A new study published Wednesday in the journal JAMA Psychiatry has found that the commonly assumed link between military deployment in Iraq and Afghanistan and higher rates of suicide simply does not exist.
The landmark study used a dataset encompassing all 3.9 million members of the U.S. military from October 7, 2001, to December 31, 2007, with the goal of determining the impact Operation Enduring Freedom and Operation Iraqi Freedom have had on suicide rates. By December 31, 2009, there were 5,041 recorded suicides in total.
Over the last decade, suicide rates in certain parts of the military have almost doubled. Traditionally, the blame has been placed on a decade of military deployments in the Middle East, but this study breaks all previously held assumptions.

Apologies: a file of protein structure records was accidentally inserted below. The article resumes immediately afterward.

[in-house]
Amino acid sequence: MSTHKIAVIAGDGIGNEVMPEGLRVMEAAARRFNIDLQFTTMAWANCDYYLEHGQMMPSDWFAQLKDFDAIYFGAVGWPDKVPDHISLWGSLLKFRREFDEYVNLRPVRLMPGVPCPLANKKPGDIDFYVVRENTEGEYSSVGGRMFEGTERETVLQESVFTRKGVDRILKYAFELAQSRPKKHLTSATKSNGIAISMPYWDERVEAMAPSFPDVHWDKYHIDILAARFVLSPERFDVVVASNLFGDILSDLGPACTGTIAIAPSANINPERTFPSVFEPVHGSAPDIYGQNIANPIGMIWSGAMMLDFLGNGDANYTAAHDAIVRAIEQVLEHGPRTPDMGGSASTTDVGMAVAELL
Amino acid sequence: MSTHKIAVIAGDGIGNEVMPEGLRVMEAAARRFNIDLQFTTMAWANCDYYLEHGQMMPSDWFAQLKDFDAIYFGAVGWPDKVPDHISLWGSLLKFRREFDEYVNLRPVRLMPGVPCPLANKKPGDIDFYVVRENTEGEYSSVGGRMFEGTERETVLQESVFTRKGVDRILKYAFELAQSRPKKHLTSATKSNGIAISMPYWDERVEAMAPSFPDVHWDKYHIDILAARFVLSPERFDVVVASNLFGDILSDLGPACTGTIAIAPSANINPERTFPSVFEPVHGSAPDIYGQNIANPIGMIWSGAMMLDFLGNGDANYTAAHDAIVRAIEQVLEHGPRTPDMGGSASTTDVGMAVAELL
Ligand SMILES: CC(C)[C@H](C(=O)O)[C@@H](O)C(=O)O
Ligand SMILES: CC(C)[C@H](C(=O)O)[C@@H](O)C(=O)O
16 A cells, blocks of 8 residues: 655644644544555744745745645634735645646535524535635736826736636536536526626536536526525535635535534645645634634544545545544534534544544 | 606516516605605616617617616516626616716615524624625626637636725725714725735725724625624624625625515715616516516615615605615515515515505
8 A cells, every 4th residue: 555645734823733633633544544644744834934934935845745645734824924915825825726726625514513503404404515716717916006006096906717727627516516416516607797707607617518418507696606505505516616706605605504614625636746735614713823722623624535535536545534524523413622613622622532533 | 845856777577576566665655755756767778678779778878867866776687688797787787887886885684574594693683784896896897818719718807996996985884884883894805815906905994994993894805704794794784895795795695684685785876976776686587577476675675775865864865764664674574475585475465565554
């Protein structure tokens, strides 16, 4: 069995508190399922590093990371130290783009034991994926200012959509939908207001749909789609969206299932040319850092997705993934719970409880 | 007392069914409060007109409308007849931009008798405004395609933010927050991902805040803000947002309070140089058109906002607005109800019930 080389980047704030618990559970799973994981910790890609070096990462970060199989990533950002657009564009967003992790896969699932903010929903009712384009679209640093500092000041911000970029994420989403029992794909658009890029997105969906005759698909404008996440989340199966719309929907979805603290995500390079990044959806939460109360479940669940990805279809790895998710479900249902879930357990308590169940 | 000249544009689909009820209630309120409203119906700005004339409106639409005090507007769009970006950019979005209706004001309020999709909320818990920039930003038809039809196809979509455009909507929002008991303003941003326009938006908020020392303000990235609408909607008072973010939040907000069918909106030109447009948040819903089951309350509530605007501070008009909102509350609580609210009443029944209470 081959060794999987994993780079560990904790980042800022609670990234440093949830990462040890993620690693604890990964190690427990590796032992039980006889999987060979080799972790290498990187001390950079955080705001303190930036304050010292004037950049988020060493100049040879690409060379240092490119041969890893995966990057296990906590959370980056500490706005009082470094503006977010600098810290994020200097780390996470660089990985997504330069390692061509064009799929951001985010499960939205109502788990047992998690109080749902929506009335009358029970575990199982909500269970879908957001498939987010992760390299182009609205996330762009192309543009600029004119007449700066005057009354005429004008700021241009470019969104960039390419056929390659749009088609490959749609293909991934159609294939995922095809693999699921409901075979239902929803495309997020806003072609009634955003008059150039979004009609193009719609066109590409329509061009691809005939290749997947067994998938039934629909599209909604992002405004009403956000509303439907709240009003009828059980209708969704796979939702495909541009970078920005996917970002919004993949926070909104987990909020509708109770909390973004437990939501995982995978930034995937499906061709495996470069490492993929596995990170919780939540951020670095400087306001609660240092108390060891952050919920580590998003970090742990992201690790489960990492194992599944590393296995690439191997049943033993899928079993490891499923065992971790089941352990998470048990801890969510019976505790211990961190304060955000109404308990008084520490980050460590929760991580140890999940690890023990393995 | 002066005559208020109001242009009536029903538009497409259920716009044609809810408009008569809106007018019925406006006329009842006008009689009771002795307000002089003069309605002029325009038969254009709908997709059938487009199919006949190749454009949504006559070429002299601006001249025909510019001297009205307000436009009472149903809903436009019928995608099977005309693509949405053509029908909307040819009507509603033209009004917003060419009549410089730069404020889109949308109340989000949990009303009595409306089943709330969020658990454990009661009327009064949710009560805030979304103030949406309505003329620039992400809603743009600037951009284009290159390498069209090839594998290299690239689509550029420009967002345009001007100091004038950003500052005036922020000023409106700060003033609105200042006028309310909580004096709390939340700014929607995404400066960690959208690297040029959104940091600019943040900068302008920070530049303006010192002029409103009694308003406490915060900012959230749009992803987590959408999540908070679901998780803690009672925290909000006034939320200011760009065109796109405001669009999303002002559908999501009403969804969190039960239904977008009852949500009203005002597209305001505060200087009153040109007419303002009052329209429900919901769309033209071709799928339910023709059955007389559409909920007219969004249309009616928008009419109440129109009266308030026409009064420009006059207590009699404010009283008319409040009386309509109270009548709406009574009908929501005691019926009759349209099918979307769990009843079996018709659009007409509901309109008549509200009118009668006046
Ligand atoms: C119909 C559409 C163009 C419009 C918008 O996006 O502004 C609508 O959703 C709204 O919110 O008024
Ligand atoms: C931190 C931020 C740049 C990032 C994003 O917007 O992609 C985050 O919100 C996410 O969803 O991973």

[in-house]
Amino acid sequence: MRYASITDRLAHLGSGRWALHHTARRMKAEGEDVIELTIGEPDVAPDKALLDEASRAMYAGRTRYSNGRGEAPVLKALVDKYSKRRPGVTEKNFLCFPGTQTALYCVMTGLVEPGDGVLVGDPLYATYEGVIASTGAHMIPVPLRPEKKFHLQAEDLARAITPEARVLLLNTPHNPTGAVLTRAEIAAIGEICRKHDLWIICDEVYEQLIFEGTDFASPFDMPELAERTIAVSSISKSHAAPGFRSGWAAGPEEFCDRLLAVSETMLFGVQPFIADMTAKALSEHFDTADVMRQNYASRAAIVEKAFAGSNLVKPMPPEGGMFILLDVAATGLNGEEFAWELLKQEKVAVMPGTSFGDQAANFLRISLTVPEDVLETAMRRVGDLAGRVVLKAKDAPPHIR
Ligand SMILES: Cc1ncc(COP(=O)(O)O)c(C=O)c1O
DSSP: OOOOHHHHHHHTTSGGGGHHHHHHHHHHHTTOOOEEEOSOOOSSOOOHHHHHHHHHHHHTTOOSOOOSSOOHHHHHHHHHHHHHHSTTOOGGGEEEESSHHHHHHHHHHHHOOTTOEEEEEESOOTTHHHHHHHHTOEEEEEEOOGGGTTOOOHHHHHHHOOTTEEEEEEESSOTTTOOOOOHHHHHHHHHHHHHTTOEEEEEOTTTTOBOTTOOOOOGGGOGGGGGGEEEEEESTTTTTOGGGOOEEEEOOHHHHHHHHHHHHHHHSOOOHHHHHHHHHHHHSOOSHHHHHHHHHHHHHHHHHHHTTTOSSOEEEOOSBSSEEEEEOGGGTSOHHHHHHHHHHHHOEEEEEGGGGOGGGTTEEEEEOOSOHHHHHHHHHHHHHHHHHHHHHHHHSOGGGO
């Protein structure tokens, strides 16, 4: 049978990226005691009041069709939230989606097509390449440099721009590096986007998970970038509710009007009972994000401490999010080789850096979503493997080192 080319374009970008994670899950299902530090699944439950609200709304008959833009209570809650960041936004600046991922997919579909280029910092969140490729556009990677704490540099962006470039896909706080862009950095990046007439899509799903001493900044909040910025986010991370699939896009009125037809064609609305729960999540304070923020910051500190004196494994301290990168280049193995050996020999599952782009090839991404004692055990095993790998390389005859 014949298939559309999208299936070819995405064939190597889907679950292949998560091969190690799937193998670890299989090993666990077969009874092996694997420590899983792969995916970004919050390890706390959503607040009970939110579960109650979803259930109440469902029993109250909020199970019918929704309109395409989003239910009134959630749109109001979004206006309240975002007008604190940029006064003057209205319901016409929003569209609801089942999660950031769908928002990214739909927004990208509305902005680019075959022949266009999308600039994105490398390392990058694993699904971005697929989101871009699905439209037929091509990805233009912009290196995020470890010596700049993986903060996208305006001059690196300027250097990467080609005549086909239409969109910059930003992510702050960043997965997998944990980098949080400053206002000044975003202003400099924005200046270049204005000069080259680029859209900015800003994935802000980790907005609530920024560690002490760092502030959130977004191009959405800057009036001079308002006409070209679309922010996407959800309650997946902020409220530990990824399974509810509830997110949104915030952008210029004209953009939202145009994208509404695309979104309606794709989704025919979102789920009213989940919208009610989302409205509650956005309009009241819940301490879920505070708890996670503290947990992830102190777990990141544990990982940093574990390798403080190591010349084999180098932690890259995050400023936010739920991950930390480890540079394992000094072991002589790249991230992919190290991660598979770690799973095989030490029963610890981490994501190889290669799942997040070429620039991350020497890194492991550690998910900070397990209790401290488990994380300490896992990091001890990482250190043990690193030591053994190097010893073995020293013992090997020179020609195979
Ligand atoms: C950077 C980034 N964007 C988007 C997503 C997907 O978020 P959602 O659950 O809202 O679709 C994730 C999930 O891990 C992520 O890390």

Researchers discovered that there is no link between the two deployments and climbing suicide rates. For those deployed, the suicide rate was 18.86 per 100,000 person-years, and for those who did not deploy, the rate was 17.78.